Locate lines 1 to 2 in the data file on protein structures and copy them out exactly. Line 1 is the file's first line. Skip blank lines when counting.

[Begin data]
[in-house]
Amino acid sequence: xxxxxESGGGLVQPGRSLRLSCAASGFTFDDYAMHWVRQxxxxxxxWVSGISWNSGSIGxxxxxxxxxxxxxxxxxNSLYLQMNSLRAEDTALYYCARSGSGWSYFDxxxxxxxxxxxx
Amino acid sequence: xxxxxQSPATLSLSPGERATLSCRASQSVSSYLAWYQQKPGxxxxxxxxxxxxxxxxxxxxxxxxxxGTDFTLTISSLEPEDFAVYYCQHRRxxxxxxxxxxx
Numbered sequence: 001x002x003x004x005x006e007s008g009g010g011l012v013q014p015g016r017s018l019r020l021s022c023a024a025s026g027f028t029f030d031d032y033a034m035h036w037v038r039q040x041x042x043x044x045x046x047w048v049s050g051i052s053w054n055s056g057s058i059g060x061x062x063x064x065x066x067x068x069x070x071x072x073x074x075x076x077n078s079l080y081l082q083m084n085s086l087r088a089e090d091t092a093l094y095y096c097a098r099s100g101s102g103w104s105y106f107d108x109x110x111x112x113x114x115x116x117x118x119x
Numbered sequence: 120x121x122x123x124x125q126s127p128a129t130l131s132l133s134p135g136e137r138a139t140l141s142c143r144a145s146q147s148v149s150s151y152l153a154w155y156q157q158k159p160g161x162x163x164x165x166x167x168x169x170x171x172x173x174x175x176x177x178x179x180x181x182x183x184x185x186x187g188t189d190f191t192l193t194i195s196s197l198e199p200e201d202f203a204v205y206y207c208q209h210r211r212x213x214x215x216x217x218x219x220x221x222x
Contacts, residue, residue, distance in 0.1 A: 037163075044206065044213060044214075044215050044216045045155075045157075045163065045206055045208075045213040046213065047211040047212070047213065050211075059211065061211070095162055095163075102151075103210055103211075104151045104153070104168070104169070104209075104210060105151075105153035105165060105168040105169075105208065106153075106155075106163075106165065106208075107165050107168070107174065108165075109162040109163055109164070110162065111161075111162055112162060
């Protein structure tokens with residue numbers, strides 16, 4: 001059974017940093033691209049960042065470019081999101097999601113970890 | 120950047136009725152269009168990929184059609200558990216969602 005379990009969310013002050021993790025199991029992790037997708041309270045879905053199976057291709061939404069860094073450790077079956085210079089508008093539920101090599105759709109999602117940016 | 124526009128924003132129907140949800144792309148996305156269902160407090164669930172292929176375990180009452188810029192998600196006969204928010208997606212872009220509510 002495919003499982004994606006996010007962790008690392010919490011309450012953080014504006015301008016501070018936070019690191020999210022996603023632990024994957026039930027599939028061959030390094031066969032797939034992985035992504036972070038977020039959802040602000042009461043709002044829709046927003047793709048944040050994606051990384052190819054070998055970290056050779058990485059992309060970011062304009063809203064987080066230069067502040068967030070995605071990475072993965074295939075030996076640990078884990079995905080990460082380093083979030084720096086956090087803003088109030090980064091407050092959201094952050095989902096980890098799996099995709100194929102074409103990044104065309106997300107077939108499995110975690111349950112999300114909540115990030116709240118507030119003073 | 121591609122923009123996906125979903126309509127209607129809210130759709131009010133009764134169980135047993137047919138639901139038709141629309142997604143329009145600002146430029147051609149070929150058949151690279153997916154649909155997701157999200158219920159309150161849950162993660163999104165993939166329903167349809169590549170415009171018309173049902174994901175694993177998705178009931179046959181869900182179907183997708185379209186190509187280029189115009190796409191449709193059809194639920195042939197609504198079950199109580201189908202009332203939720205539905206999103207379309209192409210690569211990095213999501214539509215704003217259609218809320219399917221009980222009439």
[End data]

[in-house]
Amino acid sequence: xxxxxESGGGLVQPGRSLRLSCAASGFTFDDYAMHWVRQxxxxxxxWVSGISWNSGSIGxxxxxxxxxxxxxxxxxNSLYLQMNSLRAEDTALYYCARSGSGWSYFDxxxxxxxxxxxx